Paul Kagame, Chairman of the African Union and President of the Republic of Rwanda, has been proclaimed the 2018 African of the Year by Forbes Africa. The announcement came shortly before the end of Vision 2020, the flagship development programme of this controversial leader. How does the strategy relate to Kagame’s affirmed economic ideals, especially in the context of his country’s strengthening relationship with China?
Rwanda’s thousand hills have witnessed extraordinary events – for better and for worse. The nation that experienced one of the most shocking genocides in modern history is currently renowned for its tidiness, coffee and outstanding economic growth. Paul Kagame, its President since 2000, is widely credited for orchestrating this success through Vision 2020, a roadmap for Rwanda’s transformation into a middle-income economy. At the same time, political and civil freedoms continue to be curtailed. Although the coupling of state-led development with state-backed repression is not a novel strategy, its usage by Kagame gains in significance within the context of Rwanda-China relations.
Those contacts have taken diverse forms and tend to evolve complementarily. While Vision 2020 has been inspired by the Chinese development model back in the 90s, nowadays private and public entities from the PRC compete for the Rwandan logistics and services markets. This state of things benefits both sides – China gains experience and recognition in sectors other than the extraction of raw materials, while Rwanda strengthens its economic base. One of Kagame’s central goals, self-reliance through the rejection of foreign aid, has also been supported by Xi Jinping in 2018. Vision 2020 exemplifies Rwanda’s leader policy of emulating the general characteristics of China’s development while implementing domestically-adjusted practical steps.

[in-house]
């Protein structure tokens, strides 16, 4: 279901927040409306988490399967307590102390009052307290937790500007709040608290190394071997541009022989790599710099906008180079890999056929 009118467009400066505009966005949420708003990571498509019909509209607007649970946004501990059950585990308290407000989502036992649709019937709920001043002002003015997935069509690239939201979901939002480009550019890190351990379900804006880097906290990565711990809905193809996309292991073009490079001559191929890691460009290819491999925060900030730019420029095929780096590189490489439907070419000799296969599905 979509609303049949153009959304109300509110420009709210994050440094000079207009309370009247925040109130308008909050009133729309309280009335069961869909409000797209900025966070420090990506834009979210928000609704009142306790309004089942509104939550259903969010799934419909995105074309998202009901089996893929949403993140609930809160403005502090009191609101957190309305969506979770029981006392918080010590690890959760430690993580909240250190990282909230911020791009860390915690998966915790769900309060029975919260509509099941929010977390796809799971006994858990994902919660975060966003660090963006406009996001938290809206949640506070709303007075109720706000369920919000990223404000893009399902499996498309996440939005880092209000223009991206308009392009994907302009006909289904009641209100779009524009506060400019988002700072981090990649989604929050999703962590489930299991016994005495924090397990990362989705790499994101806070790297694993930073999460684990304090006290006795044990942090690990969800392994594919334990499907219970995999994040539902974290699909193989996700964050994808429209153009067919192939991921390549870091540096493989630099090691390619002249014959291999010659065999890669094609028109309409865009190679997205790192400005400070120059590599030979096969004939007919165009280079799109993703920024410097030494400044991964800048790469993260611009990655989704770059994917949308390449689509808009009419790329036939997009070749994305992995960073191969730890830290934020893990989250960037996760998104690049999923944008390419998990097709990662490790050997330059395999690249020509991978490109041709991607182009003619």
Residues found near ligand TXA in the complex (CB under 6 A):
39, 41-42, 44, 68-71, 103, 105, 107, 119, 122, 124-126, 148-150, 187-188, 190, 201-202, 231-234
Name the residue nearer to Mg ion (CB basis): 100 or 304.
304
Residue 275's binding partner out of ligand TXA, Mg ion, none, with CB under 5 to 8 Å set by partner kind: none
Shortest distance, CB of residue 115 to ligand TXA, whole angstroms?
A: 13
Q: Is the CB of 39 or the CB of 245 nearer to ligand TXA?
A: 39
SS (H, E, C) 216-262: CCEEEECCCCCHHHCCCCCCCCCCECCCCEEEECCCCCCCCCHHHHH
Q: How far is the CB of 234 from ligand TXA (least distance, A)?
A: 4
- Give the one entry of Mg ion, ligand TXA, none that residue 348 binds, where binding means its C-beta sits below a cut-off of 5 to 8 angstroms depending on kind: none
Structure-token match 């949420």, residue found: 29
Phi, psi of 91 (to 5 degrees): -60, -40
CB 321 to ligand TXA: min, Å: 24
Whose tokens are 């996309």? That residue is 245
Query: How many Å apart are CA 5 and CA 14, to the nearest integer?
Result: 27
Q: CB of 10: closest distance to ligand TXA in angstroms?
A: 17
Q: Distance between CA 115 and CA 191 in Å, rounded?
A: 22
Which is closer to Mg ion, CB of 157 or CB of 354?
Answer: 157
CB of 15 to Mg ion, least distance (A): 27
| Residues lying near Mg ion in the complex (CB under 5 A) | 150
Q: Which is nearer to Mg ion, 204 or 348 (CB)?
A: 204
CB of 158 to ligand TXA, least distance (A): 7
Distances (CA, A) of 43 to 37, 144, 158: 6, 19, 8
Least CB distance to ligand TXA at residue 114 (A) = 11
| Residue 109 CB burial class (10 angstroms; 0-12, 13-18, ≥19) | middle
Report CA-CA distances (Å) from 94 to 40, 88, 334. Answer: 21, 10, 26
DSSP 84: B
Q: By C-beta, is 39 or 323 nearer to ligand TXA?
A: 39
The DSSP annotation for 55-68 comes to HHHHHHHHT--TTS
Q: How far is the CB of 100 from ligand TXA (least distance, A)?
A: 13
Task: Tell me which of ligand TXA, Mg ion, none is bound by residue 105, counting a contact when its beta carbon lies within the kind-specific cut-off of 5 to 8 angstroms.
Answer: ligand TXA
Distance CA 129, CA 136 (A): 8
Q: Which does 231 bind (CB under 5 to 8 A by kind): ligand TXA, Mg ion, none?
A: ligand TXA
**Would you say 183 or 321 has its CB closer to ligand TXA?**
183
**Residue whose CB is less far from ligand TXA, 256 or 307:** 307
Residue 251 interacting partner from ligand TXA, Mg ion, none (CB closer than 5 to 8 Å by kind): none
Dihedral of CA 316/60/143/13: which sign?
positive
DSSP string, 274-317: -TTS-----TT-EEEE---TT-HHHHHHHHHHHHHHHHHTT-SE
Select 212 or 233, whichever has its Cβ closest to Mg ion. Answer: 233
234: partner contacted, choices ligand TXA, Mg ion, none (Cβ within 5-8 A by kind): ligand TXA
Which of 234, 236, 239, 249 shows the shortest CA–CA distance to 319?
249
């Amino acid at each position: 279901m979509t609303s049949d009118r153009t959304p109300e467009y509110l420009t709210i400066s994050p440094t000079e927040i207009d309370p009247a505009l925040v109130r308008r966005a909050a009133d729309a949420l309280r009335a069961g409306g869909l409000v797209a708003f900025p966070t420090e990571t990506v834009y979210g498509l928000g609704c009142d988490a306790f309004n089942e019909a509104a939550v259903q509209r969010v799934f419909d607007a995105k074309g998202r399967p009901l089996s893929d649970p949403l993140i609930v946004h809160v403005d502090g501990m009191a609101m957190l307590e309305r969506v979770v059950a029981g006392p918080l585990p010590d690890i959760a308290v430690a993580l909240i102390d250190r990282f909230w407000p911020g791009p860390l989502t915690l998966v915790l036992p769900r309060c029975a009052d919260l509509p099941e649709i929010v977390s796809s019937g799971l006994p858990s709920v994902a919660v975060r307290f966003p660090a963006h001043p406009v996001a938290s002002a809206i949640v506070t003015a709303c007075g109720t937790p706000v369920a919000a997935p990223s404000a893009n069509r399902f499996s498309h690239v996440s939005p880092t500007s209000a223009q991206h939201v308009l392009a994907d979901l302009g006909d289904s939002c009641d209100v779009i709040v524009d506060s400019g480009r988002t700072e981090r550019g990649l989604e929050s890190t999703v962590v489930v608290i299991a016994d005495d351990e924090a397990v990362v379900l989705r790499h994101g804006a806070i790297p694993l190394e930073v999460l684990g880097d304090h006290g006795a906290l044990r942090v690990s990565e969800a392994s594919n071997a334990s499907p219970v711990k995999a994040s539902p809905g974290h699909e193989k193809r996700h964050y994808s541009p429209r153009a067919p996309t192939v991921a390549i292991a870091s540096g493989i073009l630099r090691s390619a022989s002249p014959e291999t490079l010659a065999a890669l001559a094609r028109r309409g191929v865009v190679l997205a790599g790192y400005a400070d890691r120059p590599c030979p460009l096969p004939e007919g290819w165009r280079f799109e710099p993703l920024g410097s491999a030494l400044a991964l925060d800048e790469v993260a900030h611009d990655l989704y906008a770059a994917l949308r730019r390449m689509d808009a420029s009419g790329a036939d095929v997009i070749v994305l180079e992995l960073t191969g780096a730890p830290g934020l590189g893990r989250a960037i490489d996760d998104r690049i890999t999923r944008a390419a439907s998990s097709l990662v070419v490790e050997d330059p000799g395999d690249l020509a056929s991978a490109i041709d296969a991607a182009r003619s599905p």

Kagame elaborates on one of those solutions in the interview with Forbes Africa. Its dual focus is on public entrepreneurship on the one hand and cooperation with big business on the other – influential private sector is to lead the economic revival while engaging with a prosperous and resourceful populace. Consequently, investors are also expected to obey the state which has created these favourable conditions. However, it remains unclear how individual political participation, which the President repeatedly underlines, can take root in such a context. Given Rwanda’s almost non-existent civil society, Kagame is likely to refer only to purely economic consultations. As such, his vision bears a resemblance with China’s consultative democracy; in its eagerness to include billionaires and state-business connections, it retains a ‘Let some people get rich first’ feel. The latter should be further emphasized in Vision 2050, the current programme’s successor, which includes ‘Sacrifice and Saving’ among its guiding principles.
Vision 2020’s revision of 2012 makes Kagame’s ideal even more pronounced – out of seven indicators that relate to private sector and entrepreneurship (5., 10., 33., 42., 44., 46. and 48.), five have been added in 2012. Moreover, Objective 3.2 describes investment in services (which aligns with Chinese economic interests) as one of the crucial components in the country’s structural transformation and “the most important engine of Rwanda’s economy”.
Nonetheless, and contrary to the PRC, Kagame’s reforms are not constrained by the need to protect an ideology. His merits in rebuilding Rwandan society after the genocide and current efforts at African integration often make him seem a progressive, praiseworthy figure. However, strongman politics’ ability to support grassroots entrepreneurial growth based on internal regional competition and knowledge diffusion (therefore truly emulating China’s success) in a small, landlocked and resource-poor country may be the biggest challenge in Rwanda’s future.